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June 21, 2009

Israeli Medical Marijuana Policies

The history of medical marijuana in Israel is fascinatingly strange, making even Rhode Island's look sensible. Haaretz has this longish article about the road medical marijuana has traveled in Israel and where they expect it to go in the future.

Medical marijuana was legalized in Israel in 1999, but only for limited uses. The article describes it differently in three places. Either it was initially restricted to "serious symptoms such as pain, nausea and loss of appetite;" or "only in order to ease pain directly stemming from their disease," or only "for terminal cancer and AIDS patients." The restrictions (whatever they were) were maintained by the fact that only one doctor in Israel was authorized to write prescriptions: Dr. Yehuda Baruch, the head of a psychiatric hospital. Since none of those original justifications for medical marijuana are necessarily psychiatric, I assume he's just a doctor who's got two jobs: by day a mild-mannered head of a lovely psychiatric hosptial, by night the writer of marijuana scrips.

That night job didn't put too much of a strain on him, as he wrote only 10 prescriptions from 1999 through 2005. The population of Israel is about 7,411,000. Ten patients is, then, 0.00013% of the population. In the United States that's the equivalent of only 395 medical marijuana patients. I would guess that the average citizen of Israel is healthier than the average American, but not that much healthier!

Initially, the law in Israel was like that in Rhode Island, in that there was no legal way for a medical marijuana patient to buy his medication. He had to grow it himself. This was in spite of the fact that all of the initial patients were terminally ill. The patient could cultivate up to ten plants and possess 200 grams (about 7 ounces) of processed marijuana. The result was the same as in Rhode Island: the patients bought it from illegal street dealers. The very first patient to receive a prescription for marijuana was nabbed while buying from a street dealer and taken to court in 2001.

Then, around 2005, an anonymous (and illegal) grower approached the Health Ministry and offered to supply marijuana from his grow houses. The Health Ministry agreed, but still with great restrictions. Distribution is made only from one small apartment in Tel Aviv. Only the anonymous grower was allowed to handle the marijuana and roll cigarettes. And, get this, THE MARIJUANA WAS FREE! The state didn't pay for it. The patients didn't pay for it. All of it was grown, processed and distributed completely at the expense of that one anonymous grower.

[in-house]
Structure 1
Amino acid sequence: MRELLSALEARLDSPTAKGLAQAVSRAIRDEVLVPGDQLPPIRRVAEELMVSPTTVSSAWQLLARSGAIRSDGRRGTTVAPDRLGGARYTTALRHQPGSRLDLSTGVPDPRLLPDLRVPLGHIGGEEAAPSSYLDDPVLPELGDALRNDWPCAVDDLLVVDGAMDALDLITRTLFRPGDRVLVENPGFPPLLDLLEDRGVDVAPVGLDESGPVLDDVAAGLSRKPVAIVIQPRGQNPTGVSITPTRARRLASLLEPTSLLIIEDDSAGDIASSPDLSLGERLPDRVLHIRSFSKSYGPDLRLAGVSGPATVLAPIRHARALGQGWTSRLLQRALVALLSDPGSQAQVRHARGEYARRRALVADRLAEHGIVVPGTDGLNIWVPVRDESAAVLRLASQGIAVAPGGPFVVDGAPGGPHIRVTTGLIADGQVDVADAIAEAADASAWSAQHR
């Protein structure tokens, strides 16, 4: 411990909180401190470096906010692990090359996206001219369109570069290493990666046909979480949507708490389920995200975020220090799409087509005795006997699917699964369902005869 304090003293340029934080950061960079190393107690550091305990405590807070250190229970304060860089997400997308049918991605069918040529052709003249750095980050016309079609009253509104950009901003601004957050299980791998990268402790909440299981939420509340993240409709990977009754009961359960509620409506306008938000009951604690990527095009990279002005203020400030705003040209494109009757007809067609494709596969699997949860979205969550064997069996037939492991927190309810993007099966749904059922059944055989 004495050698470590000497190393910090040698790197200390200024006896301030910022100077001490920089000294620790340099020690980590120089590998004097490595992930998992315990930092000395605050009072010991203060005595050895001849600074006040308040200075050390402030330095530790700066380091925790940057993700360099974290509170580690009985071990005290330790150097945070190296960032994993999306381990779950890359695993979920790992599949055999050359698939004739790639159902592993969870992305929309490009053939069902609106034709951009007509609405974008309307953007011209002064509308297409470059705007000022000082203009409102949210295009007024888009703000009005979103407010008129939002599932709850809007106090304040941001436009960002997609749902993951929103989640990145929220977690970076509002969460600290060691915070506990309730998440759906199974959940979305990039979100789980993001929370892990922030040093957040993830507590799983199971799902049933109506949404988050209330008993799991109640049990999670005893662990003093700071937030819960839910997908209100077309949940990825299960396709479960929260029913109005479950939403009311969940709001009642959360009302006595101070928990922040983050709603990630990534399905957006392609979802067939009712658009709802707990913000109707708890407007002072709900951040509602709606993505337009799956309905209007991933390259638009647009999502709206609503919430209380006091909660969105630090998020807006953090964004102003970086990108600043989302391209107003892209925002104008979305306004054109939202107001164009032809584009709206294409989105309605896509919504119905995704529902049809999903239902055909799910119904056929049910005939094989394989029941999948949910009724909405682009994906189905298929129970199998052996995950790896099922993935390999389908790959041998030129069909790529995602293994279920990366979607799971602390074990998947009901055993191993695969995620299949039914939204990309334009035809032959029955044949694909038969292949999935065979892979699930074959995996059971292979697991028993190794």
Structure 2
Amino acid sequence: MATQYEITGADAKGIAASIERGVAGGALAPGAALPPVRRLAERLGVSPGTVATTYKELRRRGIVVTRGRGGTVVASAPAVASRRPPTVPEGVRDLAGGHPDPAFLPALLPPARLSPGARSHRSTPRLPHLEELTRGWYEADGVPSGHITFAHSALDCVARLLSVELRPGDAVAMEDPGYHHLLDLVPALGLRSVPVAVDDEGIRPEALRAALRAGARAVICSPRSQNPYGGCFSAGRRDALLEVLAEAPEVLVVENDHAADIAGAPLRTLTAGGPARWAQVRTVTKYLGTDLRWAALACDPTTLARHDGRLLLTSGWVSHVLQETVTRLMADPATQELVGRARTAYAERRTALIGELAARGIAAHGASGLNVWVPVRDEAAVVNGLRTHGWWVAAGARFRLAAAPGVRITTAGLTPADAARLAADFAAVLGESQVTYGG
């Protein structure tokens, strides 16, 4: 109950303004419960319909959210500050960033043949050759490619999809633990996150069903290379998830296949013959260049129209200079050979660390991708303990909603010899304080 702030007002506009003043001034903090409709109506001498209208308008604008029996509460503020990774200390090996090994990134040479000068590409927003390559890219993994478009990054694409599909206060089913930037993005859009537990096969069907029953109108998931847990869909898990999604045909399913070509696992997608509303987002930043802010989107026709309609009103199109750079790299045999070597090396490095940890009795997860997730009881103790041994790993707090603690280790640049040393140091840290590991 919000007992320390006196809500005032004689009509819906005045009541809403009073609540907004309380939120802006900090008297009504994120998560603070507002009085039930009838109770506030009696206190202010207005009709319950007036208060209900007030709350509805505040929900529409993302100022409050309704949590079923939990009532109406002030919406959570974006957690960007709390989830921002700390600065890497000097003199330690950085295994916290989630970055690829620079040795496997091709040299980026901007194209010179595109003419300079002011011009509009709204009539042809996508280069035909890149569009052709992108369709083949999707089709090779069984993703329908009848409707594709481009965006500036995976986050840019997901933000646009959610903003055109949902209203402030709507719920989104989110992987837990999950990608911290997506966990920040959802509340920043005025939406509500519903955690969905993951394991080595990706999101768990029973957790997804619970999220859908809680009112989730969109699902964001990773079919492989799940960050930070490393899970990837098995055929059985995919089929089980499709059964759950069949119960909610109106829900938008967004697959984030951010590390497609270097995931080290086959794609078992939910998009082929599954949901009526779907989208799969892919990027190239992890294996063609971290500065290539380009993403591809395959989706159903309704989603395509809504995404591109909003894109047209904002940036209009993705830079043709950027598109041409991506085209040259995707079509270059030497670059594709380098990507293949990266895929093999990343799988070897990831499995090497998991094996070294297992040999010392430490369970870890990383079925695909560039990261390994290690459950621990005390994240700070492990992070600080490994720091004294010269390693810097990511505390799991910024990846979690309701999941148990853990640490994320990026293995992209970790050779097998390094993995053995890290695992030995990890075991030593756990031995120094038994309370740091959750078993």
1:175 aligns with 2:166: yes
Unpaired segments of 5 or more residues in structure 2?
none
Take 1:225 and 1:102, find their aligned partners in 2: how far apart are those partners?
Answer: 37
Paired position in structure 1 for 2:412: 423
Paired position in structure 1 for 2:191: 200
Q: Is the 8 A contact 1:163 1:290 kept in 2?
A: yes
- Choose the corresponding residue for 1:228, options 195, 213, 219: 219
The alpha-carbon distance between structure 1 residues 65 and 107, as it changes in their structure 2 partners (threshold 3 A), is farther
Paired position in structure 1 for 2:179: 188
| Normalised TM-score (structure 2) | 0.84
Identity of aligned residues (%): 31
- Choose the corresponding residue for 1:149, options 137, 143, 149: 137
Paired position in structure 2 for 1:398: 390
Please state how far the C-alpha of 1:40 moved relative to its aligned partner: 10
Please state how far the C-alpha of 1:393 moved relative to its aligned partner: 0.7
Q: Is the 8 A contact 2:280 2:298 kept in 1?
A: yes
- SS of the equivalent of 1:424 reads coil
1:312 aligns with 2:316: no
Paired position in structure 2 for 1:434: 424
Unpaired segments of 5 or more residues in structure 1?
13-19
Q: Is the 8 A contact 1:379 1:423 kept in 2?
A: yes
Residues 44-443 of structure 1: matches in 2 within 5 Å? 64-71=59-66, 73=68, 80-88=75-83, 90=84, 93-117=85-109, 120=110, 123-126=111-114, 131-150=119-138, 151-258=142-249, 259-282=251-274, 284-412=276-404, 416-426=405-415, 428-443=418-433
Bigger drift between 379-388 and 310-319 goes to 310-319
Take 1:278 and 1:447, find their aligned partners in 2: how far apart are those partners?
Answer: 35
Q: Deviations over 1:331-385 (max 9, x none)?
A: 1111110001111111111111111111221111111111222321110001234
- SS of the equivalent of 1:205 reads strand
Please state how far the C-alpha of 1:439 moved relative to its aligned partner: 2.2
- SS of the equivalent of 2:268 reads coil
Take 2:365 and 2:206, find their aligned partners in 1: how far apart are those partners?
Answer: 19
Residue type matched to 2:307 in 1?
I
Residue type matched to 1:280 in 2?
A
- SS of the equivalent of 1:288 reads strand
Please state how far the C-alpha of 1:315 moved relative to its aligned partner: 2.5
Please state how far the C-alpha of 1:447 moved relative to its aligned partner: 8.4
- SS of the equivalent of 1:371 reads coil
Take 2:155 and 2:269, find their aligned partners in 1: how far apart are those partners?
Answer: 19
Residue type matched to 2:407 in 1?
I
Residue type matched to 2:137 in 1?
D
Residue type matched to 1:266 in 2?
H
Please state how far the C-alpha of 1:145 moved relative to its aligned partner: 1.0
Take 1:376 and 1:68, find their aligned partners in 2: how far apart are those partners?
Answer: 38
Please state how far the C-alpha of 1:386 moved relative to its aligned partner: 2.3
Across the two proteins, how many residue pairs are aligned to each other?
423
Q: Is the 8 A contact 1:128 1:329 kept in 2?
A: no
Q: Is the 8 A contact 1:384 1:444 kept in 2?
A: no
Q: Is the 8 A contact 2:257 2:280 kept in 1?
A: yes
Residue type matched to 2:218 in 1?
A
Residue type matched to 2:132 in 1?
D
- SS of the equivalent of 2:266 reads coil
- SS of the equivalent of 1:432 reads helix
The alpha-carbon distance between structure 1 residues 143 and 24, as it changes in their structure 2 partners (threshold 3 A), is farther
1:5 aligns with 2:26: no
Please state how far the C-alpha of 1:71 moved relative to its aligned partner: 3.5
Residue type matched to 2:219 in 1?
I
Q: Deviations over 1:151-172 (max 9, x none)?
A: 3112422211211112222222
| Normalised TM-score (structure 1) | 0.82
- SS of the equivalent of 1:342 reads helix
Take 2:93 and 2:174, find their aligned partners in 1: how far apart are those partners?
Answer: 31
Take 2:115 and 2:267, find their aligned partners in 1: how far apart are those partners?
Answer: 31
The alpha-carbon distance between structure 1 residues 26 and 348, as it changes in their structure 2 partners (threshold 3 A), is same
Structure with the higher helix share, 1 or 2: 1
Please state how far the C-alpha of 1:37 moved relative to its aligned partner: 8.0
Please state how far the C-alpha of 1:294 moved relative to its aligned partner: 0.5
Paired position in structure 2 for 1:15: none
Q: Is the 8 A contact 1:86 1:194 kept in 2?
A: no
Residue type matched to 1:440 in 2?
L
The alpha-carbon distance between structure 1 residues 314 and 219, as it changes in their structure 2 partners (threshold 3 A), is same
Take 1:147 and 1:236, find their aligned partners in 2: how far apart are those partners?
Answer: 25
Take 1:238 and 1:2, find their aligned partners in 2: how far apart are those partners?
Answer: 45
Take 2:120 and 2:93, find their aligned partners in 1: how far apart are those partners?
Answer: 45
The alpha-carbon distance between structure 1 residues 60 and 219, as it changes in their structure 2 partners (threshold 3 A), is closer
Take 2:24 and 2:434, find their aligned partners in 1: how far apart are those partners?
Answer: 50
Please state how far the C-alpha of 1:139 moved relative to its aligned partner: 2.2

A big difference between this Tel Aviv distribution point and the collectives in California (and, I think it is safe to assume, distribution centers in any other American state) is that the patients can smoke it at the distribution point! They can even go out in the yard and light up!

There are now 700 patients and Dr. Baruch says the average prescription is for 100 grams per month (about 3.5 ounces). That's more than 154 pounds of marijuana - a lot of healing!

This, obviously, cannot continue. The one doctor writes only 40 new prescriptions per month and is becoming a bottle neck. The whole State of Israel can't continue to depend on one grower to provide all of the medication for free. Besides the problem of his financial losses, his grow site could be lost due to disease or fire, and the article doesn't mention that his generosity is being subsidized by illegal sales of the stuff.

Here Yohai Golan-Gild enters the story. Some sort of illegal party drug supplier in Israel, he went bankrupt and moved to California in 1990s and became the owner of three grow houses. Now Israel has called him home to become the first of 4 or 5 additional, legal growers of marijuana.

"There are 160 varieties of Cannabis in the world and each one has its own side effects," said Golan-Gild, adding, with pleasure, "I can suit each patient with his or her type - one that will cause exhaustion, one that will turn you into a ball of energy in the morning and one that will cause a diagonal erection."

Baruch sees "the potential market in Israel reaching tens of thousands of medicinal Cannabis users, with each one paying NIS 5 or 10 per gram of the drug, or NIS 5,000 to NIS 10,000 per person per year."

"NIS" is an Israeli shekel which today is worth a shade more than 25¢. Mr. Golan-Gild says it costs NIS 15 to grow a gram of medical marijuana, so the difference will have to be subsidized either by the Health Ministry or by each patient's HMO.

Baruch will have three distribution centers (Tel Aviv, Jerusalem and Ra'anana) where patients will, in addition to smoking their marijuana, be able to participate in yoga and Pilates classes.

Filed under Health,Marijuana | permalink | June 21, 2009 at 12:23 PM

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